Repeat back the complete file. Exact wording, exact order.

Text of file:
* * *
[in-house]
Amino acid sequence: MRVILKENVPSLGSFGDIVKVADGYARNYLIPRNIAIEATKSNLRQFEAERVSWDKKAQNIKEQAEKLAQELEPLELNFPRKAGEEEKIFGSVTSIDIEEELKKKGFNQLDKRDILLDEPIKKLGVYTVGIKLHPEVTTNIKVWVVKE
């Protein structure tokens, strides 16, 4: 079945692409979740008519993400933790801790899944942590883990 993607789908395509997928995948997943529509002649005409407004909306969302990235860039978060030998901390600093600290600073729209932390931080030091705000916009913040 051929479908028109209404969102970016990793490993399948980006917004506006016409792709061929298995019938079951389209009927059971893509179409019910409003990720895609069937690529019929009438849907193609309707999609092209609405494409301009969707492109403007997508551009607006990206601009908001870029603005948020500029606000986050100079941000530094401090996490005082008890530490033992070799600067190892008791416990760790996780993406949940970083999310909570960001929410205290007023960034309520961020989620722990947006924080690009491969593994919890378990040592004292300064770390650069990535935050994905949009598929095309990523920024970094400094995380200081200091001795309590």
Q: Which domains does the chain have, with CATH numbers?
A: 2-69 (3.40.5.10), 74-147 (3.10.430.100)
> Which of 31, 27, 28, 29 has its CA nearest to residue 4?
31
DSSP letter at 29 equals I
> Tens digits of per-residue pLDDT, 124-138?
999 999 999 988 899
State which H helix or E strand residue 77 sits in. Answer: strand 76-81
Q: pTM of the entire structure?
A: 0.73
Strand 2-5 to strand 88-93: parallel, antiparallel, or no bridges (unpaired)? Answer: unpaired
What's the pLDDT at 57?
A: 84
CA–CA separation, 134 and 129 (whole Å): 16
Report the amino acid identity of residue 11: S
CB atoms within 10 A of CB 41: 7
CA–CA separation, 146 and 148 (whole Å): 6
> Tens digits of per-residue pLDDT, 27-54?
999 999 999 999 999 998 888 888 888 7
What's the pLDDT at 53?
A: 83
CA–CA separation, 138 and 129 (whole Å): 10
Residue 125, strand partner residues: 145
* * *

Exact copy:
[in-house]
Amino acid sequence: MRVILKENVPSLGSFGDIVKVADGYARNYLIPRNIAIEATKSNLRQFEAERVSWDKKAQNIKEQAEKLAQELEPLELNFPRKAGEEEKIFGSVTSIDIEEELKKKGFNQLDKRDILLDEPIKKLGVYTVGIKLHPEVTTNIKVWVVKE
């Protein structure tokens, strides 16, 4: 079945692409979740008519993400933790801790899944942590883990 993607789908395509997928995948997943529509002649005409407004909306969302990235860039978060030998901390600093600290600073729209932390931080030091705000916009913040 051929479908028109209404969102970016990793490993399948980006917004506006016409792709061929298995019938079951389209009927059971893509179409019910409003990720895609069937690529019929009438849907193609309707999609092209609405494409301009969707492109403007997508551009607006990206601009908001870029603005948020500029606000986050100079941000530094401090996490005082008890530490033992070799600067190892008791416990760790996780993406949940970083999310909570960001929410205290007023960034309520961020989620722990947006924080690009491969593994919890378990040592004292300064770390650069990535935050994905949009598929095309990523920024970094400094995380200081200091001795309590």
Q: Which domains does the chain have, with CATH numbers?
A: 2-69 (3.40.5.10), 74-147 (3.10.430.100)
> Which of 31, 27, 28, 29 has its CA nearest to residue 4?
31
DSSP letter at 29 equals I
> Tens digits of per-residue pLDDT, 124-138?
999 999 999 988 899
State which H helix or E strand residue 77 sits in. Answer: strand 76-81
Q: pTM of the entire structure?
A: 0.73
Strand 2-5 to strand 88-93: parallel, antiparallel, or no bridges (unpaired)? Answer: unpaired
What's the pLDDT at 57?
A: 84
CA–CA separation, 134 and 129 (whole Å): 16
Report the amino acid identity of residue 11: S
CB atoms within 10 A of CB 41: 7
CA–CA separation, 146 and 148 (whole Å): 6
> Tens digits of per-residue pLDDT, 27-54?
999 999 999 999 999 998 888 888 888 7
What's the pLDDT at 53?
A: 83
CA–CA separation, 138 and 129 (whole Å): 10
Residue 125, strand partner residues: 145